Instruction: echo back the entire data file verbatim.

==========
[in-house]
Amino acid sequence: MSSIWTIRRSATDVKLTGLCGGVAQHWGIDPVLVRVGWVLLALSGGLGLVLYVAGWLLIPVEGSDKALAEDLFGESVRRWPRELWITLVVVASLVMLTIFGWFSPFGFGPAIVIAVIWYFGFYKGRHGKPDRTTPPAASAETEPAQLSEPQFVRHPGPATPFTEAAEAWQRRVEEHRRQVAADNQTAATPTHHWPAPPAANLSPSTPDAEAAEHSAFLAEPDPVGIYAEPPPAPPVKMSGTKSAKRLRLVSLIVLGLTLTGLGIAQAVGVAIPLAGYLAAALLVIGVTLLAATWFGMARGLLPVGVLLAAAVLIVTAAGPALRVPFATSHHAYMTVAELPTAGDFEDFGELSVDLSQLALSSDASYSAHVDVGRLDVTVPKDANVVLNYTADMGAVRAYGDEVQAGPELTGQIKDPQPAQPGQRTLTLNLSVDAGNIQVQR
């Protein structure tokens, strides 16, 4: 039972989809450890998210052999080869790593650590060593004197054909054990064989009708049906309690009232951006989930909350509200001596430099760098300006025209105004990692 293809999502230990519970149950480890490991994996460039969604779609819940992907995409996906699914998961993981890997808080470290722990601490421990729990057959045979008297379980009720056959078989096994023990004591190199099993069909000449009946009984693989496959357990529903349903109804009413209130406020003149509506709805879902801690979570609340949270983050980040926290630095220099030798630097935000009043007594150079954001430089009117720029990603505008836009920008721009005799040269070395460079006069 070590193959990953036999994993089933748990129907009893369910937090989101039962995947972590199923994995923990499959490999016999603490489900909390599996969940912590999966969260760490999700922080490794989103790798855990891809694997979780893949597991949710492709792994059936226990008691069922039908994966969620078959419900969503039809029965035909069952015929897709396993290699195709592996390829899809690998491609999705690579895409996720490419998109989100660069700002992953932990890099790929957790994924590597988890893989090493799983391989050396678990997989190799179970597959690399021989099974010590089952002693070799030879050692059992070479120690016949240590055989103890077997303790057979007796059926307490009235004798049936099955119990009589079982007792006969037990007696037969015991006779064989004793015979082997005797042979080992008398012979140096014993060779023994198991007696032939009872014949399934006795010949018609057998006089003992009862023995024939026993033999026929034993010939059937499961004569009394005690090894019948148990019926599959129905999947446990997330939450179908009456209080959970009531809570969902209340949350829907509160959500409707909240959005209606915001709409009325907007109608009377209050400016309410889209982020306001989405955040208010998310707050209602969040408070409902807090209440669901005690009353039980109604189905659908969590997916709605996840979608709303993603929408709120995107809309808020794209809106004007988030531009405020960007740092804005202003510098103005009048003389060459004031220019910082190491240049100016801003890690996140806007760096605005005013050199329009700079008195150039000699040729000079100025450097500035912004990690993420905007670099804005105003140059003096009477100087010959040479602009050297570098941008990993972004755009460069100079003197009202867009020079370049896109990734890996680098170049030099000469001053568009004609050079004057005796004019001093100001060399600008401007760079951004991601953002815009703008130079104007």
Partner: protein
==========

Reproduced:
[in-house]
Amino acid sequence: MSSIWTIRRSATDVKLTGLCGGVAQHWGIDPVLVRVGWVLLALSGGLGLVLYVAGWLLIPVEGSDKALAEDLFGESVRRWPRELWITLVVVASLVMLTIFGWFSPFGFGPAIVIAVIWYFGFYKGRHGKPDRTTPPAASAETEPAQLSEPQFVRHPGPATPFTEAAEAWQRRVEEHRRQVAADNQTAATPTHHWPAPPAANLSPSTPDAEAAEHSAFLAEPDPVGIYAEPPPAPPVKMSGTKSAKRLRLVSLIVLGLTLTGLGIAQAVGVAIPLAGYLAAALLVIGVTLLAATWFGMARGLLPVGVLLAAAVLIVTAAGPALRVPFATSHHAYMTVAELPTAGDFEDFGELSVDLSQLALSSDASYSAHVDVGRLDVTVPKDANVVLNYTADMGAVRAYGDEVQAGPELTGQIKDPQPAQPGQRTLTLNLSVDAGNIQVQR
């Protein structure tokens, strides 16, 4: 039972989809450890998210052999080869790593650590060593004197054909054990064989009708049906309690009232951006989930909350509200001596430099760098300006025209105004990692 293809999502230990519970149950480890490991994996460039969604779609819940992907995409996906699914998961993981890997808080470290722990601490421990729990057959045979008297379980009720056959078989096994023990004591190199099993069909000449009946009984693989496959357990529903349903109804009413209130406020003149509506709805879902801690979570609340949270983050980040926290630095220099030798630097935000009043007594150079954001430089009117720029990603505008836009920008721009005799040269070395460079006069 070590193959990953036999994993089933748990129907009893369910937090989101039962995947972590199923994995923990499959490999016999603490489900909390599996969940912590999966969260760490999700922080490794989103790798855990891809694997979780893949597991949710492709792994059936226990008691069922039908994966969620078959419900969503039809029965035909069952015929897709396993290699195709592996390829899809690998491609999705690579895409996720490419998109989100660069700002992953932990890099790929957790994924590597988890893989090493799983391989050396678990997989190799179970597959690399021989099974010590089952002693070799030879050692059992070479120690016949240590055989103890077997303790057979007796059926307490009235004798049936099955119990009589079982007792006969037990007696037969015991006779064989004793015979082997005797042979080992008398012979140096014993060779023994198991007696032939009872014949399934006795010949018609057998006089003992009862023995024939026993033999026929034993010939059937499961004569009394005690090894019948148990019926599959129905999947446990997330939450179908009456209080959970009531809570969902209340949350829907509160959500409707909240959005209606915001709409009325907007109608009377209050400016309410889209982020306001989405955040208010998310707050209602969040408070409902807090209440669901005690009353039980109604189905659908969590997916709605996840979608709303993603929408709120995107809309808020794209809106004007988030531009405020960007740092804005202003510098103005009048003389060459004031220019910082190491240049100016801003890690996140806007760096605005005013050199329009700079008195150039000699040729000079100025450097500035912004990690993420905007670099804005105003140059003096009477100087010959040479602009050297570098941008990993972004755009460069100079003197009202867009020079370049896109990734890996680098170049030099000469001053568009004609050079004057005796004019001093100001060399600008401007760079951004991601953002815009703008130079104007």
Partner: protein